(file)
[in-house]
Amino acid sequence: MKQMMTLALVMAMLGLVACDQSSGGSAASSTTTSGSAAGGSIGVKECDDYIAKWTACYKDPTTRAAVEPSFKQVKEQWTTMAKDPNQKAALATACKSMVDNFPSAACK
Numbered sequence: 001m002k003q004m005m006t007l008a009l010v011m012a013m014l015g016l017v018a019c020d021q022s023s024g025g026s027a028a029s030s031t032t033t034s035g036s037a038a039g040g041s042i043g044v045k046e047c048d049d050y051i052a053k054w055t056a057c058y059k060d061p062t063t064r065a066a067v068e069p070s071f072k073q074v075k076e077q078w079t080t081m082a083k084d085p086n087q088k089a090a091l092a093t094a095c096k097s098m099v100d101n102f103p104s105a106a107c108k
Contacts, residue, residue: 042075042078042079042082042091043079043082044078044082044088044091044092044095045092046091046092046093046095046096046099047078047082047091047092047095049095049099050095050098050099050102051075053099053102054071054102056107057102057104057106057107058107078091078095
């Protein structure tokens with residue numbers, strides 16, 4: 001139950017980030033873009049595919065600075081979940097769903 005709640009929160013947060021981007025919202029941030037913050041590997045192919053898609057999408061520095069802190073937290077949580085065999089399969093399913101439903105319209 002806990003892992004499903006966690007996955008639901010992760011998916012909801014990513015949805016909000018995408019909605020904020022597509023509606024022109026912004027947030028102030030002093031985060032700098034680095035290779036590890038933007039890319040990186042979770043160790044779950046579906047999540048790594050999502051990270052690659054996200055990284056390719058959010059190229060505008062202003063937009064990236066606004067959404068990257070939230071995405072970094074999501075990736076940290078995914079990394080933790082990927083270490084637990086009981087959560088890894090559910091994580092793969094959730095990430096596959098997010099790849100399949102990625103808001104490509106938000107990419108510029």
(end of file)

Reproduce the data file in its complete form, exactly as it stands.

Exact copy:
[in-house]
Amino acid sequence: MKQMMTLALVMAMLGLVACDQSSGGSAASSTTTSGSAAGGSIGVKECDDYIAKWTACYKDPTTRAAVEPSFKQVKEQWTTMAKDPNQKAALATACKSMVDNFPSAACK
Numbered sequence: 001m002k003q004m005m006t007l008a009l010v011m012a013m014l015g016l017v018a019c020d021q022s023s024g025g026s027a028a029s030s031t032t033t034s035g036s037a038a039g040g041s042i043g044v045k046e047c048d049d050y051i052a053k054w055t056a057c058y059k060d061p062t063t064r065a066a067v068e069p070s071f072k073q074v075k076e077q078w079t080t081m082a083k084d085p086n087q088k089a090a091l092a093t094a095c096k097s098m099v100d101n102f103p104s105a106a107c108k
Contacts, residue, residue: 042075042078042079042082042091043079043082044078044082044088044091044092044095045092046091046092046093046095046096046099047078047082047091047092047095049095049099050095050098050099050102051075053099053102054071054102056107057102057104057106057107058107078091078095
């Protein structure tokens with residue numbers, strides 16, 4: 001139950017980030033873009049595919065600075081979940097769903 005709640009929160013947060021981007025919202029941030037913050041590997045192919053898609057999408061520095069802190073937290077949580085065999089399969093399913101439903105319209 002806990003892992004499903006966690007996955008639901010992760011998916012909801014990513015949805016909000018995408019909605020904020022597509023509606024022109026912004027947030028102030030002093031985060032700098034680095035290779036590890038933007039890319040990186042979770043160790044779950046579906047999540048790594050999502051990270052690659054996200055990284056390719058959010059190229060505008062202003063937009064990236066606004067959404068990257070939230071995405072970094074999501075990736076940290078995914079990394080933790082990927083270490084637990086009981087959560088890894090559910091994580092793969094959730095990430096596959098997010099790849100399949102990625103808001104490509106938000107990419108510029």